Got out for a great nine mile tour on Saturday in the Bridger Range with a buddy visiting from town. Snow conditions were stellar and after much on-the-ground analysis and two snowpits we felt comfortable picking a thousand foot avalanche path as our line of descent. All in all we were out for around six hours under beautiful sunny skies. I forgot the memory card for my SLR so my apologies for the phone can pics.
My wife and I have had a trend going this winter in which we break up our XC ski jaunts and hikes with a midday campfire and picnic. When the weather is cold a warming fire makes for a much more enjoyable lunch break. Besides, building campfires is just plain fun!
Winter bicycling can be cold in Bozeman and I gave my Bar Mitts to my wife so a set of pogies was in order. I ride a Surly Open Bar mustache style handlebar on both my daily commuter and fatbike so I built these to work with both.
I designed, patterned, and sewed these in a little under six hours this weekend. Inside is a very soft fleece over a layer of continuous filament polyester insulation. Outside is a water-shedding nylon ripstop with 1000d Multicam Cordura trims. The fleece, ripstop, and insulation set me back about $10 and the Multicam was scrap so aside from the time commitment these were pretty cheap.
Doug Chabot of the Gallatin National Forest Avalanche Center with a somewhat in-depth description on recording snow pit data.
Nielson Brown Outdoors did a simple write-up about cookpots a few days ago and it got me to thinking I haven’t really written about what I’ve come to call my “go to” cook set up. There’s nothing special about it, and it’s not the most minimal or the lightest kit out there – but it works for me in terms of volume, weight, ease-of-use, and comfort. I do have other setups that I take out with me in exceptional conditions such as winter or when I’m trying to travel SUL but time and time again the setup below is what I use.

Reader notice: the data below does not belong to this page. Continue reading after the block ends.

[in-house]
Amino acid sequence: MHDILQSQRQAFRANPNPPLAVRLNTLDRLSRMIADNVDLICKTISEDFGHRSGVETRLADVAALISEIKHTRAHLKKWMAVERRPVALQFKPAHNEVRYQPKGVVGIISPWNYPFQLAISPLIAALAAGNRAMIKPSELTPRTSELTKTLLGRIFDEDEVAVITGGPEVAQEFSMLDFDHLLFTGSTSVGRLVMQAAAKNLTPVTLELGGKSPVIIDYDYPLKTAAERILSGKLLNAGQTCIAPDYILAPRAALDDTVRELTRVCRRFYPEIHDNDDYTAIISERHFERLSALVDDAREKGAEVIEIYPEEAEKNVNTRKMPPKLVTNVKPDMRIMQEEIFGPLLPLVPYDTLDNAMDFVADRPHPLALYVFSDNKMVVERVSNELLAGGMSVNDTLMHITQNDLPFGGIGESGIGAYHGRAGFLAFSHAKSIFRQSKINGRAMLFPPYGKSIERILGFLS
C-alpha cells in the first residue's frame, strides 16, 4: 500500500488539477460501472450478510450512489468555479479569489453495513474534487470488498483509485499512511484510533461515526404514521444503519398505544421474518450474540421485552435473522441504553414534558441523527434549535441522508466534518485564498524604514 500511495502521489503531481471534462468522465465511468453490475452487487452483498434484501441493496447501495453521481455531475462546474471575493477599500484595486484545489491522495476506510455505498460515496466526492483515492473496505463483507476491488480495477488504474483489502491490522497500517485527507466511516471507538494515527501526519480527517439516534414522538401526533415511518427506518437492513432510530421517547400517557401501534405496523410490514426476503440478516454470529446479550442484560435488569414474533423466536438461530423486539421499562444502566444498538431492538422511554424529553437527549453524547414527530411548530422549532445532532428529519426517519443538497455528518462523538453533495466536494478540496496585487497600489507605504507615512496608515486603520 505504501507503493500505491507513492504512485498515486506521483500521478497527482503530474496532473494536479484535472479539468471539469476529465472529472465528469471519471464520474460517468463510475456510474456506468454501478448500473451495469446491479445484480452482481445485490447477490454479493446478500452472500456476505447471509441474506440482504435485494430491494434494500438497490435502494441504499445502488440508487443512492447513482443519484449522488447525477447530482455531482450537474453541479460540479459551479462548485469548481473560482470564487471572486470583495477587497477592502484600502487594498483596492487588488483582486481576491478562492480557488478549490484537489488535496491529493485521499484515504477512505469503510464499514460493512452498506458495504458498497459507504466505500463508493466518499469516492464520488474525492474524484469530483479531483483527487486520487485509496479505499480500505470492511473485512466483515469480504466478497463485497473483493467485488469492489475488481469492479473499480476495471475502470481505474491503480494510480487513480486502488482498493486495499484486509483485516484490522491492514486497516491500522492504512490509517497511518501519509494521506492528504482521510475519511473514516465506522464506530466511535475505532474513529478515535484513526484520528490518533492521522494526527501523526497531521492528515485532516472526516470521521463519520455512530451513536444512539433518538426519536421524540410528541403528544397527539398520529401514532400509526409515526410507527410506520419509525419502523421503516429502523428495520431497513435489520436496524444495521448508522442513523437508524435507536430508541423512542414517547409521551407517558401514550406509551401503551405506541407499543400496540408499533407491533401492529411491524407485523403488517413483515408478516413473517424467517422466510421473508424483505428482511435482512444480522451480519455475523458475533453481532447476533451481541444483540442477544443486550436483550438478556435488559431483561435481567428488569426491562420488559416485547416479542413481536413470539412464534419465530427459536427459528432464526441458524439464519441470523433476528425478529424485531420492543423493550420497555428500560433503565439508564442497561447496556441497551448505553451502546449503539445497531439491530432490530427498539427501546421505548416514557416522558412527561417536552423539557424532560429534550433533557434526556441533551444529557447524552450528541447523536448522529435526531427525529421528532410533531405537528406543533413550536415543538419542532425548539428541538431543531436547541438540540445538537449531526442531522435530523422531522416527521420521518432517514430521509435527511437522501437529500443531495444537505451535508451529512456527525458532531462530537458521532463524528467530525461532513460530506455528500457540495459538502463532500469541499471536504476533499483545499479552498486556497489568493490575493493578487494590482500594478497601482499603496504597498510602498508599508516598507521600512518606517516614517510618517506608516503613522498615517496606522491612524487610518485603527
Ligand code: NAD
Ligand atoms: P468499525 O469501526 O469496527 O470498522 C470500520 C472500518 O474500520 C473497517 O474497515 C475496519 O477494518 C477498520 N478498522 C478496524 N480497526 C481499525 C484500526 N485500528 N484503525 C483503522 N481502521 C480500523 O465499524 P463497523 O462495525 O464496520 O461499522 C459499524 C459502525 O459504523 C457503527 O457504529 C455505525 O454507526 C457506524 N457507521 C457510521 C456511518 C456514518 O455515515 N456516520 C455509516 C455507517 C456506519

- Antigravity Gear alcohol fuel bottle
- Trail Designs Caldera Cone
- MSR aluminum pot gripper
- Trail Designs Caldera stove
- Snowpeak 900mL (handles removed, DIY lid)
- Backpacking Light Short-handled Titanium Spoon
- Backpacking Light 475 mL Trapper’s Mug
I’ve come to really appreciate this setup. I roll the Caldera Cone up and place it into the pot. Next the Trapper’s Mug sits inside that with the stove at it’s bottom, the fuel bottle atop that, and the spoon and gripper alongside it. The lid fits atop all of it and it’s gets perfectly fitted into a silnylon stuff sack I sewed up a few years ago.
It would be very easy to argue that this kit could be minimized from seven items to four but I like having the 475 mL mug for coffee or whisky for sipping on while I’m preparing my meal. The pot gripper is so sturdy and easy to use that the weight penalty is worth it to me. And lastly although there are many who use stoves that don’t require a stand of any type I will argue then near-perfection that is the Trail Designs Caldera with great vigor. It’s speed in heat transfer, nearly untippable nature, and general cleverness are well worth it’s weight in my ruck.
I follow a great DIY blog called “Bike Hacks” which features reader submissions for creative hacks related to bicycles. These are usually really down and dirty, low cost solutions for people more interested in function than form. As a practical cyclist I’ve created myriad hacks to the many bicycles I’ve manned in my day and have submitted a few of them to “Bike Hacks”.